This Policy Brief discusses energy tax policy challenges for the Netherlands, against the background of the main trade-off behind green tax reform. Recent estimates of environmental damage in relation to the current energy tax structure in the Netherlands are used to evaluate the tension between green revenue generation and the achievement of green results. The challenge of further green tax reform in the Netherlands is to find an optimal, 'future-proof' balance between generating environmental tax revenues to finance public expenditure and Pigovian taxes to regulate environmental damage.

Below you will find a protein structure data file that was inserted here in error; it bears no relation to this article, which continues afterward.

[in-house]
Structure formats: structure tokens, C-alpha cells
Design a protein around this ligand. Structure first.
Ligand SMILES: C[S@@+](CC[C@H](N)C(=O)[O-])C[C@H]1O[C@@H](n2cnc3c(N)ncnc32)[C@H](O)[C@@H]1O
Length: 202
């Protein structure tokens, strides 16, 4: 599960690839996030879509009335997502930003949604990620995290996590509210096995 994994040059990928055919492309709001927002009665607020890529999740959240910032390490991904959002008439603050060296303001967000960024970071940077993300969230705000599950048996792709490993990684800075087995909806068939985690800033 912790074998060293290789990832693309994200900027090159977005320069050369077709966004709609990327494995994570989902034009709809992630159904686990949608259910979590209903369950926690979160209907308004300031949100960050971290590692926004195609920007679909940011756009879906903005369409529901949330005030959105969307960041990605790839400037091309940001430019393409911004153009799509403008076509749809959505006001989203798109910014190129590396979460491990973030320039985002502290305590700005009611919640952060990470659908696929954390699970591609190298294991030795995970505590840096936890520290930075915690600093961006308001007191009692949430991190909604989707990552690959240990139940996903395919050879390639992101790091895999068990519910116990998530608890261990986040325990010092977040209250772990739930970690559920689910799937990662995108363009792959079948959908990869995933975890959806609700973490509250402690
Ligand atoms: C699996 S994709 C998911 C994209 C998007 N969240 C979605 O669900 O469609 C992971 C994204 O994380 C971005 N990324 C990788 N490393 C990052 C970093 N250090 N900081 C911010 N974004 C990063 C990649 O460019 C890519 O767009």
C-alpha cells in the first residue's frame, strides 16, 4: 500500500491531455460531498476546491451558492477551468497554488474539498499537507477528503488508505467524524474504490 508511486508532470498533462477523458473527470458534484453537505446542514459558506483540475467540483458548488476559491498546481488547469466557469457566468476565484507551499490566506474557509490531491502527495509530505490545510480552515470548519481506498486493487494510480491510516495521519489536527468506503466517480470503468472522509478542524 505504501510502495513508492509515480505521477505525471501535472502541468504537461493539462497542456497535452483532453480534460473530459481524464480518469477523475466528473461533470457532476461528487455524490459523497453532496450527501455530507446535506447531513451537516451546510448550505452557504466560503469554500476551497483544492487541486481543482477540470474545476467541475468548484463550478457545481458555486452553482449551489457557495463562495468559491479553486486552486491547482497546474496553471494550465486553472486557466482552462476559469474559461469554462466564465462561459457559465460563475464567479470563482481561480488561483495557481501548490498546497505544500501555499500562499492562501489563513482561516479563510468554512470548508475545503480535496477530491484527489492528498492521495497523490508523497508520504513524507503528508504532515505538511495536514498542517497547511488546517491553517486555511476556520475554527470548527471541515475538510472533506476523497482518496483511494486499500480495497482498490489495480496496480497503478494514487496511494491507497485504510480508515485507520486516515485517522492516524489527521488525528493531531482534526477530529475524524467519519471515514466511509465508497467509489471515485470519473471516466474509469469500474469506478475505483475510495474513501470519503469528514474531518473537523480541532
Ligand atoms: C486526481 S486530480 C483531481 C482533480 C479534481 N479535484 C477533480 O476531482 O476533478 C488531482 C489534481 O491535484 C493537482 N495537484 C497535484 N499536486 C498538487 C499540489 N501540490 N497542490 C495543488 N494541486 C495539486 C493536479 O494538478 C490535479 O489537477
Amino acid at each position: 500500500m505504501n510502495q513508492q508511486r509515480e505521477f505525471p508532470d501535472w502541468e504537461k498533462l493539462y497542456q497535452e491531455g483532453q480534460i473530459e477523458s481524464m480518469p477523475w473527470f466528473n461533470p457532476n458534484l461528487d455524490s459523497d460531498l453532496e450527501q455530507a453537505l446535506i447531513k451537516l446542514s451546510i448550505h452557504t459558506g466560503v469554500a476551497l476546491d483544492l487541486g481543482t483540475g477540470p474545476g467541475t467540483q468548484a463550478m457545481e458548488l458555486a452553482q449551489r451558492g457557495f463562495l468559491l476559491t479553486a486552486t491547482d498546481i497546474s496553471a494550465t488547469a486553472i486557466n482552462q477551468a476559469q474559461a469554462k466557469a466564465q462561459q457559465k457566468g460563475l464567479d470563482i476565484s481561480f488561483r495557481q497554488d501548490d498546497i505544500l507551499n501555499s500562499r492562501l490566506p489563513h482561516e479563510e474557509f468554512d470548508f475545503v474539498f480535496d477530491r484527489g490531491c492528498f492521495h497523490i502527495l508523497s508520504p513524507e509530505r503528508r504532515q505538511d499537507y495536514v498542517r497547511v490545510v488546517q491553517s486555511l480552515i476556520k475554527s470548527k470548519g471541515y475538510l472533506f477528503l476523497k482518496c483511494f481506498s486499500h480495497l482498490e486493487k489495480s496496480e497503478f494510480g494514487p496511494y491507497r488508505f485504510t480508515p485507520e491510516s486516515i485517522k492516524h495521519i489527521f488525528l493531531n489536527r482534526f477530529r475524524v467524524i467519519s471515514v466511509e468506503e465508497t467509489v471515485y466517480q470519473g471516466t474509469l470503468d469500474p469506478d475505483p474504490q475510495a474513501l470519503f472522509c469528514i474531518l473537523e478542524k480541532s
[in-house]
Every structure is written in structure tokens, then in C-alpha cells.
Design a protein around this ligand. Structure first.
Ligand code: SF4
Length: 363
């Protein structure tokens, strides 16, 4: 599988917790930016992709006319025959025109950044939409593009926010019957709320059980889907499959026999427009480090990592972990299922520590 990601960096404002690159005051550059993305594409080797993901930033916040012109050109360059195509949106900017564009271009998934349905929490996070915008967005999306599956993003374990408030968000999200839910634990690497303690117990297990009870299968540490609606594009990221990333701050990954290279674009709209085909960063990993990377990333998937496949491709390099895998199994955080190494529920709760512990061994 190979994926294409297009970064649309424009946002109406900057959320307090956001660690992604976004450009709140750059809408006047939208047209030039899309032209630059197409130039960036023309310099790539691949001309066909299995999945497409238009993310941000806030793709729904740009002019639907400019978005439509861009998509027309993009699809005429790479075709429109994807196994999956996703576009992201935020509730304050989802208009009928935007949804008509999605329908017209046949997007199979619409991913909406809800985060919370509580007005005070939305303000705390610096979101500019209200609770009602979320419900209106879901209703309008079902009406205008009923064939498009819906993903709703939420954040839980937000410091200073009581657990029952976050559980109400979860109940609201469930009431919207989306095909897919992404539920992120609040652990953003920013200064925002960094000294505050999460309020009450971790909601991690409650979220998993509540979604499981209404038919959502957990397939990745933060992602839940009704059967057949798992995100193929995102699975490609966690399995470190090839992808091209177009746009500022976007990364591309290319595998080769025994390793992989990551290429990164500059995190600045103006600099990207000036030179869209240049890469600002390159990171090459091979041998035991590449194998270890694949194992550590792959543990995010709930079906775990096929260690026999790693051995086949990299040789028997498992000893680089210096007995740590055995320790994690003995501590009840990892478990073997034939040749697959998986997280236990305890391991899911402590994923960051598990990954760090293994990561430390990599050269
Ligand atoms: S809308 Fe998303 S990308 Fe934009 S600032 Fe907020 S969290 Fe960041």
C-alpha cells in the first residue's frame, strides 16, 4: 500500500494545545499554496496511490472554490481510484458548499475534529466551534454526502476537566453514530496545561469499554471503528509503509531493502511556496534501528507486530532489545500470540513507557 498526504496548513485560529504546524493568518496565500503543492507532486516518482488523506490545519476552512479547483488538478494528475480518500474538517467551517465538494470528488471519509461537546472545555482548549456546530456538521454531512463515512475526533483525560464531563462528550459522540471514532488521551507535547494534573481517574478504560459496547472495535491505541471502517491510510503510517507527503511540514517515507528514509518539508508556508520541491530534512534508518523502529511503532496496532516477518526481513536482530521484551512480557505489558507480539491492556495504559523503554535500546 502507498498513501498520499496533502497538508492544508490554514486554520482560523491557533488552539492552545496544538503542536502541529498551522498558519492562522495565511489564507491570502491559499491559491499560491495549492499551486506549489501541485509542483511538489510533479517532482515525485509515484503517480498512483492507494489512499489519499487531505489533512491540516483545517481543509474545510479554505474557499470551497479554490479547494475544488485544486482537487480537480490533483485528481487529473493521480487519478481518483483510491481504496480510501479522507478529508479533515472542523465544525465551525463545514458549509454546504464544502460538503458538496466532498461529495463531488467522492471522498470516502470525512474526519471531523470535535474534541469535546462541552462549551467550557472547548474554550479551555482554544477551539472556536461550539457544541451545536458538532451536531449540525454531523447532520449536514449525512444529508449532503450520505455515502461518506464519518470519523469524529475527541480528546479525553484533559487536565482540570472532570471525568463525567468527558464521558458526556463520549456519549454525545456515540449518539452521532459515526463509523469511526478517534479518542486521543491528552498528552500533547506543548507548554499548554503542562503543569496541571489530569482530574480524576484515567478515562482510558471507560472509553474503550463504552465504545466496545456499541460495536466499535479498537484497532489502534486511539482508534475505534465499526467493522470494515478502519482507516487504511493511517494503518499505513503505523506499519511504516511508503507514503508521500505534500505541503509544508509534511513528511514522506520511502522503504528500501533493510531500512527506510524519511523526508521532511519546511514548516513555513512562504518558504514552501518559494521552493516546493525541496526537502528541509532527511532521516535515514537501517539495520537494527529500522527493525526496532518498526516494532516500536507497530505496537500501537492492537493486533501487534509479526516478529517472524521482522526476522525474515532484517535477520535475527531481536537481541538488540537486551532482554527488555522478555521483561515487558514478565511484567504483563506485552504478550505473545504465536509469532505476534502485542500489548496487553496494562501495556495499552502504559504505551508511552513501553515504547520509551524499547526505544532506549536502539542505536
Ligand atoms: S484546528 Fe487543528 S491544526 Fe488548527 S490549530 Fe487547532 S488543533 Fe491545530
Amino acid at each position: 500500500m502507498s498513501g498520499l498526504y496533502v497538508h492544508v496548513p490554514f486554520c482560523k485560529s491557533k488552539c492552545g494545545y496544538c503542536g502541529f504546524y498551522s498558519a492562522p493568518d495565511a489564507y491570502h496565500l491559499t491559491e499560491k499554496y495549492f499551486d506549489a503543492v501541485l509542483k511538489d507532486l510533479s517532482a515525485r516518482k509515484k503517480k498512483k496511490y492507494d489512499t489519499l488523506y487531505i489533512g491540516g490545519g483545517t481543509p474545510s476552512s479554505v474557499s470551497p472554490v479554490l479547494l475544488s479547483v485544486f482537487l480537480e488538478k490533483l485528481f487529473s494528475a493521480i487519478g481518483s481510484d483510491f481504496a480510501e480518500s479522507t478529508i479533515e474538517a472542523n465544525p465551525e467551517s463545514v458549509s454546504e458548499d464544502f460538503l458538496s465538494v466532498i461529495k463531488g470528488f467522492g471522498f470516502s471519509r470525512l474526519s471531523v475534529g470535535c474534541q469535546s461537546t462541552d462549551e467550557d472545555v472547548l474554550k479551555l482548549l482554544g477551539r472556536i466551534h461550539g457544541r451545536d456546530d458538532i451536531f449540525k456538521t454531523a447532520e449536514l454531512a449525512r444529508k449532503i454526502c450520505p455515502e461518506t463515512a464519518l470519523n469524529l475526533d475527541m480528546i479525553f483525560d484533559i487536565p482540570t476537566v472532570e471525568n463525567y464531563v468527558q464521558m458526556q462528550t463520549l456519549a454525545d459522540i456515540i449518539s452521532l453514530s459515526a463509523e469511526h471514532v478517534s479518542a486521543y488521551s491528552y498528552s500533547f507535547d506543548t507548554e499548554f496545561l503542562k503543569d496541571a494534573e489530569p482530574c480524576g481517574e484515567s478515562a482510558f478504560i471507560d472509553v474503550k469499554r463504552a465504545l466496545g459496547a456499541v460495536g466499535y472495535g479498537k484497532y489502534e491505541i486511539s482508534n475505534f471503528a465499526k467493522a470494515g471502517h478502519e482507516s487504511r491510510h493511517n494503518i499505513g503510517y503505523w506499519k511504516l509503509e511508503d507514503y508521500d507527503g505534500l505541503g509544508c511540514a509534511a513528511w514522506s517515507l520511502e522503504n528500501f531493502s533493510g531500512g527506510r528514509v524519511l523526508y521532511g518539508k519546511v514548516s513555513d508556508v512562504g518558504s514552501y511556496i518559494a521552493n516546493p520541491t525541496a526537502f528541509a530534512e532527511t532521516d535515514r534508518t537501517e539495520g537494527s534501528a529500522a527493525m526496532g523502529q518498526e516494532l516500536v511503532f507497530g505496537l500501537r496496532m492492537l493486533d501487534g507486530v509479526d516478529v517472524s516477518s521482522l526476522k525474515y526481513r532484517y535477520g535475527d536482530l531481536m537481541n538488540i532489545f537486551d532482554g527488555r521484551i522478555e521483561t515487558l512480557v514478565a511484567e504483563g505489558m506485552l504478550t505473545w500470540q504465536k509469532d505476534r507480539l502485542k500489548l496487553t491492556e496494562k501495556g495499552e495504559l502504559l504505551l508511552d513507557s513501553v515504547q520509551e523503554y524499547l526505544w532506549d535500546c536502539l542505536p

The analysis shows that the energy tax structure in the Netherlands has been designed to tax environmental damage from fossil-fuel use mostly indirectly, that is, via the consumption of natural gas, electricity and motor fuels. Another major result is that pricing of environmental damage from fuel use solely in terms of climate costs (carbon tax base) is likely to be biased, and overlooks the significant and highly variable contribution of fossil fuels to air pollution. This shows that the green result could be significantly improved by better aligning the energy tax structure with overall environmental damage costs. Energy tax reform should be prioritised on the basis of its long-term contribution to a robust tax structure, not only in terms of its revenue-raising capacity, but also its environmental regulatory impact.